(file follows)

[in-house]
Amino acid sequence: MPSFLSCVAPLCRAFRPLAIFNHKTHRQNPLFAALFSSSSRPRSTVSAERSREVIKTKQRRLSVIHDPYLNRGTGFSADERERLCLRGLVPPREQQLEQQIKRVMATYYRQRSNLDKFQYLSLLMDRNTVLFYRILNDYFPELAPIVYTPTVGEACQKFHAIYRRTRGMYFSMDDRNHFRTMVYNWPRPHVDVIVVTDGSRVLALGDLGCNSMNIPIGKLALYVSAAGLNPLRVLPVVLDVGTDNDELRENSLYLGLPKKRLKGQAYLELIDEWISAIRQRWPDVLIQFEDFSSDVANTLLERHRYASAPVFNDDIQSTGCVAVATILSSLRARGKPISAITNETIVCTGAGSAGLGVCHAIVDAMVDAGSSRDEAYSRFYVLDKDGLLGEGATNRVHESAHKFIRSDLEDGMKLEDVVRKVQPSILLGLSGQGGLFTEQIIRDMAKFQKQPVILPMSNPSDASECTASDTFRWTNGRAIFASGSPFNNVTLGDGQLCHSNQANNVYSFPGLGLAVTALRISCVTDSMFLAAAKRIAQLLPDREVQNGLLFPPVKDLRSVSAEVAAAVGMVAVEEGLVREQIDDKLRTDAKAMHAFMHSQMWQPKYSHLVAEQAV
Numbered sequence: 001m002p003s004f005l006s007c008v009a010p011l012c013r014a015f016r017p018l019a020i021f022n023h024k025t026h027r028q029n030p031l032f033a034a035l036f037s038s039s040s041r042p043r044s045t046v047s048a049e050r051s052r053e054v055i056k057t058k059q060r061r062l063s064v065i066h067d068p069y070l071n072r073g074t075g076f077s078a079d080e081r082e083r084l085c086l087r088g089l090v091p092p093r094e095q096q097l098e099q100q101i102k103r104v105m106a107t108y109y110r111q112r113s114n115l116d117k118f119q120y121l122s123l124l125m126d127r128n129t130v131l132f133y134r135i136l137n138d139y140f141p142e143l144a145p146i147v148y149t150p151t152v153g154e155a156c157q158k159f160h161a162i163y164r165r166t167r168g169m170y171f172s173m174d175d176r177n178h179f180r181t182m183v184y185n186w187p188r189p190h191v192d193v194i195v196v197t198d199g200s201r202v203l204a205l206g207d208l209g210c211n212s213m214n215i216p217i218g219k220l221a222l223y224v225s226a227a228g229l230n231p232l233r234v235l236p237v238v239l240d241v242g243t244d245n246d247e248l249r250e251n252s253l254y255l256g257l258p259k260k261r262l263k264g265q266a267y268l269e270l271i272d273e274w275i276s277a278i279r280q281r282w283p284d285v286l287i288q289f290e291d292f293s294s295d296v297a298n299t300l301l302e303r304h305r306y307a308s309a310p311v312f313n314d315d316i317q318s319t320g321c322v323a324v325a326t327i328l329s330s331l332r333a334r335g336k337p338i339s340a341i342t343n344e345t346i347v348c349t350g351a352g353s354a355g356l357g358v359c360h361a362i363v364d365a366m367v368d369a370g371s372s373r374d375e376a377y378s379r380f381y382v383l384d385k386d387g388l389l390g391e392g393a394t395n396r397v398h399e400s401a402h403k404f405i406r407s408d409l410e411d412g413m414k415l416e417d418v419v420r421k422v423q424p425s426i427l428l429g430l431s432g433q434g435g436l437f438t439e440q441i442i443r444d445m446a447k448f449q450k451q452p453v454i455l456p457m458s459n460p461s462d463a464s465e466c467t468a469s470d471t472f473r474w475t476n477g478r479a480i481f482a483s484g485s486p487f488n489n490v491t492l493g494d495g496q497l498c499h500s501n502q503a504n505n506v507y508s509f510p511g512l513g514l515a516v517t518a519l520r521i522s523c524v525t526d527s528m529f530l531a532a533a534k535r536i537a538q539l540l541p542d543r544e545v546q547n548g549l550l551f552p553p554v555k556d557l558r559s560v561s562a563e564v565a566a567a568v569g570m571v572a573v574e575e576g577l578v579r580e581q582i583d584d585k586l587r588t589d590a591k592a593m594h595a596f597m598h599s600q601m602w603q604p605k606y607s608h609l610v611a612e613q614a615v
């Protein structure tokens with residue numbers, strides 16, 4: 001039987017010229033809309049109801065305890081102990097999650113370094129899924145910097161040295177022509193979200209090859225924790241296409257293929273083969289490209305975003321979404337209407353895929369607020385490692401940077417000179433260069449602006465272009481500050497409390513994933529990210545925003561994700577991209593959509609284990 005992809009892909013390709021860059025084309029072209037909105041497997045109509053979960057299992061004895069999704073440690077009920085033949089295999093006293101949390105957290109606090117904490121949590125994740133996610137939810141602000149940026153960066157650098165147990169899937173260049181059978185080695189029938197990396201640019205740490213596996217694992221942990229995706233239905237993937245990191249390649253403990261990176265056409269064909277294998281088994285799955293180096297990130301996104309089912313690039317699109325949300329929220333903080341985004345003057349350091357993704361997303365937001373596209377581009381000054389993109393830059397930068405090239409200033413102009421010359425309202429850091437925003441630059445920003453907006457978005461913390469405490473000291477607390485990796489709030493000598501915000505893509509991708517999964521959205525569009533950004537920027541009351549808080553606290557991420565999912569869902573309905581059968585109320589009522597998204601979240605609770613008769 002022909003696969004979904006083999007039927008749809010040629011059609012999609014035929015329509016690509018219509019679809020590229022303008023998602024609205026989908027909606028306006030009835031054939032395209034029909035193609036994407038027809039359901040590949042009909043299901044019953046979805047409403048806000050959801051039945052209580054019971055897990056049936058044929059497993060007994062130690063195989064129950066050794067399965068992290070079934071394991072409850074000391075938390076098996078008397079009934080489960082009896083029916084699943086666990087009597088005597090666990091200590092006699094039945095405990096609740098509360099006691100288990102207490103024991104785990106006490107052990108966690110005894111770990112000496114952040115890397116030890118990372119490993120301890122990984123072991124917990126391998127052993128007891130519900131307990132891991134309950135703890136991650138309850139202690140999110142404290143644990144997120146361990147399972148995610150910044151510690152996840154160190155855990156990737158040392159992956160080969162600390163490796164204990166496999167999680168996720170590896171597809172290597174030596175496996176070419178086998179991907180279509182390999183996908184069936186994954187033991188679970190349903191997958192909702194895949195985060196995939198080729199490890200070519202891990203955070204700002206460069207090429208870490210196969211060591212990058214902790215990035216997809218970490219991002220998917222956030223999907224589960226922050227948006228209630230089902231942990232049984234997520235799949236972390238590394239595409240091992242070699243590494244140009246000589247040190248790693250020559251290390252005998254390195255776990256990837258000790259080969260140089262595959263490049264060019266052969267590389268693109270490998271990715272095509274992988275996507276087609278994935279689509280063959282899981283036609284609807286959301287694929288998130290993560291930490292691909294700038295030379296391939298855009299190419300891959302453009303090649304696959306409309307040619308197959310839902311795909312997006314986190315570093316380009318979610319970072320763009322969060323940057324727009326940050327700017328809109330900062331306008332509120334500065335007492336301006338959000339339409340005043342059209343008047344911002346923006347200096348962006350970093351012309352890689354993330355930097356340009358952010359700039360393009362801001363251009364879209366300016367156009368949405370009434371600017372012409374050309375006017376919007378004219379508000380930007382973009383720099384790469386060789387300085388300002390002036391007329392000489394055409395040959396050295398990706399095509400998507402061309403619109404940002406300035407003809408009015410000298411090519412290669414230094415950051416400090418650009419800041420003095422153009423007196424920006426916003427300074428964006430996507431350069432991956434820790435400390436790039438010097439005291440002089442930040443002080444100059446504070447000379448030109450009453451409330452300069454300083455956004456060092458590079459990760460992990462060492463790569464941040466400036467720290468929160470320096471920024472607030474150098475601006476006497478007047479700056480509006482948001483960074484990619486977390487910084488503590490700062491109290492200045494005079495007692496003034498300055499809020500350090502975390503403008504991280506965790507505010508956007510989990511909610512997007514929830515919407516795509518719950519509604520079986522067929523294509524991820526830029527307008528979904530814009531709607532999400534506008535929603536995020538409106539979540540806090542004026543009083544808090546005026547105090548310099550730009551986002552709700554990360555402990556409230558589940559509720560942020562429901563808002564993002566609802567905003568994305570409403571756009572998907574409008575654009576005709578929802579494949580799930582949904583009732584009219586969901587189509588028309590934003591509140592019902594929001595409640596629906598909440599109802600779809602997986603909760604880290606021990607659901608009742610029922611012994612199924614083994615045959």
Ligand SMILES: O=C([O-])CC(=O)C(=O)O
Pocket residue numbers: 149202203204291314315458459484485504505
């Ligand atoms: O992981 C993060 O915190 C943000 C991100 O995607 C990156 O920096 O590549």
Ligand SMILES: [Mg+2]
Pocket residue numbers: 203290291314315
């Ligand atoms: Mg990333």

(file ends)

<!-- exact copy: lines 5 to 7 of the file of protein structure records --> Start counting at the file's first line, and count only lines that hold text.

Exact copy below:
Ligand SMILES: O=C([O-])CC(=O)C(=O)O
Pocket residue numbers: 149202203204291314315458459484485504505
């Ligand atoms: O992981 C993060 O915190 C943000 C991100 O995607 C990156 O920096 O590549």